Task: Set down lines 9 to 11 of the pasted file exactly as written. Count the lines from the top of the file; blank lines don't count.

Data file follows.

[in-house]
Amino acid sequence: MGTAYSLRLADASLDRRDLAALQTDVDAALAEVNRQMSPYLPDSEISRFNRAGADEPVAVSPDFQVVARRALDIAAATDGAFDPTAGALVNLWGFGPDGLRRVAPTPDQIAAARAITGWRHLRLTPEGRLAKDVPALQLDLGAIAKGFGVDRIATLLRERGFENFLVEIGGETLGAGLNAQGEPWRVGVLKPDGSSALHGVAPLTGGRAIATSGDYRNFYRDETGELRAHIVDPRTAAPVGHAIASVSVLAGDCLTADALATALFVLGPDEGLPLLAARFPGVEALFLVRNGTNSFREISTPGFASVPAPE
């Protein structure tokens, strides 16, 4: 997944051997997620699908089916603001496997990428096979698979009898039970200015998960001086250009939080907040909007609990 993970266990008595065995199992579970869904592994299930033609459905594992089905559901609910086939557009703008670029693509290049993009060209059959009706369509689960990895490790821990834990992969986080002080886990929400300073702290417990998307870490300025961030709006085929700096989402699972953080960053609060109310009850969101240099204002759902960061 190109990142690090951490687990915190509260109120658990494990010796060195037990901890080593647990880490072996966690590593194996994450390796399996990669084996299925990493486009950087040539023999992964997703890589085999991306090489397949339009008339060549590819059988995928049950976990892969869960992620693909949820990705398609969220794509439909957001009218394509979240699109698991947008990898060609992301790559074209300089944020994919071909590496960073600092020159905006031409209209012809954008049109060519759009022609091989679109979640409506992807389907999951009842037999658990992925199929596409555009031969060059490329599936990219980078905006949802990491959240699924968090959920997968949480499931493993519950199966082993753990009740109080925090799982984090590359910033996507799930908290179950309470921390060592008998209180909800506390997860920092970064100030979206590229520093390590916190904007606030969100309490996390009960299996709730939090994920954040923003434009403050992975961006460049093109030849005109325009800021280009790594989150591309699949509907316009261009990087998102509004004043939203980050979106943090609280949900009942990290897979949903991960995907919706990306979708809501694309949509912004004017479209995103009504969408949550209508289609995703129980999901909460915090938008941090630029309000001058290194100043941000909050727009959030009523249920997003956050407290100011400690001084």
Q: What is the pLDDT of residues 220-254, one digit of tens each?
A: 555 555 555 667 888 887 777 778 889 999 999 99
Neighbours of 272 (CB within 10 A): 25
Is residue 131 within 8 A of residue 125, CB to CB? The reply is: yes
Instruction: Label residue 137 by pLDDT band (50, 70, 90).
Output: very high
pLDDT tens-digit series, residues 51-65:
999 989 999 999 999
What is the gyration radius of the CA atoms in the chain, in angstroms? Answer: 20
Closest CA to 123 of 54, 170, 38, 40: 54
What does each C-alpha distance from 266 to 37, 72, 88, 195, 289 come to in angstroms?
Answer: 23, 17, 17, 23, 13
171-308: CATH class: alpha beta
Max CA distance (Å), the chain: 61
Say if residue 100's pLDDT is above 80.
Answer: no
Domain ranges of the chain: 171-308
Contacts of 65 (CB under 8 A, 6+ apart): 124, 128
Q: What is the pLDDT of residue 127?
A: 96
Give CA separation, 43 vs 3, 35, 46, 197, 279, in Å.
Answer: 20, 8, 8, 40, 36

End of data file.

Output: very high
pLDDT tens-digit series, residues 51-65:
999 989 999 999 999